“As we have learned more about the different kinds of good and bad gut bacteria, lots of different probiotics have been developed, but it's a good idea to note how much and what kinds of bacteria are included in whatever product you settle on,” Dr. Haworth said. “These must be listed in the guaranteed analysis section of the product's label.”
“The product should list the number of live, microbial colony-forming units (CFU) per unit of weight and each organism's genus, species and strain,” Dr. Burch added.
Besides making sure the product is labeled appropriately, you also want to make sure the company you purchase your dog’s probiotics from is reputable.
“Find an established, well-regarded brand that can stand by their product, preferably with nationally accredited testing,” Dr. Haworth said.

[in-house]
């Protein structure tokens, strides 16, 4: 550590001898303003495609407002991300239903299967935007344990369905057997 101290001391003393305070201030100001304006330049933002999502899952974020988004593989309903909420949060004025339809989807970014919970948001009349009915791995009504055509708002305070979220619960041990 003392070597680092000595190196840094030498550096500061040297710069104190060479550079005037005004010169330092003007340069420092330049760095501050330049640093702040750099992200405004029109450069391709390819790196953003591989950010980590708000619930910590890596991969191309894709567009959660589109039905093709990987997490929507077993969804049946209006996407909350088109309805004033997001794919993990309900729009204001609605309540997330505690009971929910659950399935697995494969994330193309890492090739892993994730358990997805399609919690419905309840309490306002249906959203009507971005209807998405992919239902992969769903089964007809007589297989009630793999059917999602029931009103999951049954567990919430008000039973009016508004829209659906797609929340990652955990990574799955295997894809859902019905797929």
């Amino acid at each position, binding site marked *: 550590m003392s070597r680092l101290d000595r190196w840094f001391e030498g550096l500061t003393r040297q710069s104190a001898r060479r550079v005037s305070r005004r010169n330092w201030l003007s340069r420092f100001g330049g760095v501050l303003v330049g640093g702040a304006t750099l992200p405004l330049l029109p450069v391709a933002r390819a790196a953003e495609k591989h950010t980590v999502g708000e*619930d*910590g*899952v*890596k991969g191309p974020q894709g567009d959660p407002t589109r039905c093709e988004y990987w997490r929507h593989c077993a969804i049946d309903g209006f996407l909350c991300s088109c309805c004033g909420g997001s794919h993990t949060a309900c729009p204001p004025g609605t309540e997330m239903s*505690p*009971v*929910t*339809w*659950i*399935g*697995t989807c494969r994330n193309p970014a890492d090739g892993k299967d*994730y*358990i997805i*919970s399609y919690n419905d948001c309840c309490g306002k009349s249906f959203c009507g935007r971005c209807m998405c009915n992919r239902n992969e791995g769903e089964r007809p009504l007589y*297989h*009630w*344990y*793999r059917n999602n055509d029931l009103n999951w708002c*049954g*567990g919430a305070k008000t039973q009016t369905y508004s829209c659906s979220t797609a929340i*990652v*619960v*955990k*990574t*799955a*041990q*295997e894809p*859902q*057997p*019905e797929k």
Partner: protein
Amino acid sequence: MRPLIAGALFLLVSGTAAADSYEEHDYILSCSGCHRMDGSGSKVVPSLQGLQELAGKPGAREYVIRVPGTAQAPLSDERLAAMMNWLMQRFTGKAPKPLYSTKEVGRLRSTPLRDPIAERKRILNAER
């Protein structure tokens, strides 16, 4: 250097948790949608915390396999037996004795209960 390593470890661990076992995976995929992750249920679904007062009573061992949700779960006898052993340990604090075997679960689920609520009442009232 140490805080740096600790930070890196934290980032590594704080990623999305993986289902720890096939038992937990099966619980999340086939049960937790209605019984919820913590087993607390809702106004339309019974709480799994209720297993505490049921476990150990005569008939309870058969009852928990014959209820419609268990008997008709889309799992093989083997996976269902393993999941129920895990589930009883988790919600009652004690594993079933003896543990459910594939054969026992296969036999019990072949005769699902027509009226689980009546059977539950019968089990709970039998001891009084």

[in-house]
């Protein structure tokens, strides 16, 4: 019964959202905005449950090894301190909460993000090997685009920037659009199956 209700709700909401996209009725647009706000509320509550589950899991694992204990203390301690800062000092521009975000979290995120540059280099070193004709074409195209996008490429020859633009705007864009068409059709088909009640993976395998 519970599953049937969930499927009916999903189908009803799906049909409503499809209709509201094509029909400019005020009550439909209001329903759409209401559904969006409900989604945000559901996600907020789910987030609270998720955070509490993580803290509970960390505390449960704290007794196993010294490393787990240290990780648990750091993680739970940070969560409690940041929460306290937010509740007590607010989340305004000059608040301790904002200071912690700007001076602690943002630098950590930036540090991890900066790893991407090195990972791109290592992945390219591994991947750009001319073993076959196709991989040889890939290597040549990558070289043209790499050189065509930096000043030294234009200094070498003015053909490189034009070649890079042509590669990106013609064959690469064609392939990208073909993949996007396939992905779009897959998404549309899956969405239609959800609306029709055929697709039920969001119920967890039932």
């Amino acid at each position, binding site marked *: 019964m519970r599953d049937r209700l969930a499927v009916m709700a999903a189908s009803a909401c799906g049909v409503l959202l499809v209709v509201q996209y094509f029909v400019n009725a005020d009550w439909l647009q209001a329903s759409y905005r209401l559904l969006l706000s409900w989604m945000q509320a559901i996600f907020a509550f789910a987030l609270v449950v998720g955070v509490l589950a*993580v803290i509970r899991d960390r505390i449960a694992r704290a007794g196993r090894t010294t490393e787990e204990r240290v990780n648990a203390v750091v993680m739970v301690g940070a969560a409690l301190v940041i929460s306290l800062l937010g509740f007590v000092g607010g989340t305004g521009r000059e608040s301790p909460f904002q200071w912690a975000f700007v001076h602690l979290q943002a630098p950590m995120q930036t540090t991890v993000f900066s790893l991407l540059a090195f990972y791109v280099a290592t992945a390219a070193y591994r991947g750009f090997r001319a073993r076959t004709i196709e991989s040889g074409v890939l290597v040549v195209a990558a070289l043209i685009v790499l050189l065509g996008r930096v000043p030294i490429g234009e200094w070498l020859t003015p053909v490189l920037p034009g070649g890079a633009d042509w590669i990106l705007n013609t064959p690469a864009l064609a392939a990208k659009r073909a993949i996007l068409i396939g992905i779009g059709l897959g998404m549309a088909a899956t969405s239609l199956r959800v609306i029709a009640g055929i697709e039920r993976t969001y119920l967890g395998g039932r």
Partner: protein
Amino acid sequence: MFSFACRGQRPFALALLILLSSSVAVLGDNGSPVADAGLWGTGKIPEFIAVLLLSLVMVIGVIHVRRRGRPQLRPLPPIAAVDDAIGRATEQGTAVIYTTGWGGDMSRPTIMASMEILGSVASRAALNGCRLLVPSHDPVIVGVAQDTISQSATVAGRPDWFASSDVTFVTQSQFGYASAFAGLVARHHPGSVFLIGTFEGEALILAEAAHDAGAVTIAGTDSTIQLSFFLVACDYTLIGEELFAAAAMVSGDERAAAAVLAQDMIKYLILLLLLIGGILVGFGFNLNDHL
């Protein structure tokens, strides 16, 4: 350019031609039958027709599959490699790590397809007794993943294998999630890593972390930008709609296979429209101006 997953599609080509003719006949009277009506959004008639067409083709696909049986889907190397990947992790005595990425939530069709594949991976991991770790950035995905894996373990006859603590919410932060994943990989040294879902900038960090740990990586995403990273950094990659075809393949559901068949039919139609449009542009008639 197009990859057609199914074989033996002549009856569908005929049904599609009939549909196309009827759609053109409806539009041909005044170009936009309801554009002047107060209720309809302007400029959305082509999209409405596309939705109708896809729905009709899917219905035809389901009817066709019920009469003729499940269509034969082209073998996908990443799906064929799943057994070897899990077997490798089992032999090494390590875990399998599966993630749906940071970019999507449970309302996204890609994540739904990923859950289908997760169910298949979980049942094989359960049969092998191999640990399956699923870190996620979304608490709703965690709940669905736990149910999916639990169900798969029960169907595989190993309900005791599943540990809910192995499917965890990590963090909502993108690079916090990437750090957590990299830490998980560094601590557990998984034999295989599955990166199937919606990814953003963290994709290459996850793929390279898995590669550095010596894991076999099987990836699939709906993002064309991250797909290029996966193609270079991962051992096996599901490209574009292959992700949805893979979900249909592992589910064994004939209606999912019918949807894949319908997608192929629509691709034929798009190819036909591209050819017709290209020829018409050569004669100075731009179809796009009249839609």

Zesty Paws is an example of a supplement brand who sells probiotics that passed high-quality standards set by National Animal Supplement Council (NASC) and earned their seal of quality.
Their probiotics have 3 billion CFUs and contain six different strains of probiotics that provide digestive and immune support to your pup.
If you have any questions about how probiotics can help your dog, your veterinarian will be able to help. “Like any other health-related issue, your veterinarian is the best source of information,” Dr. Hayworth said.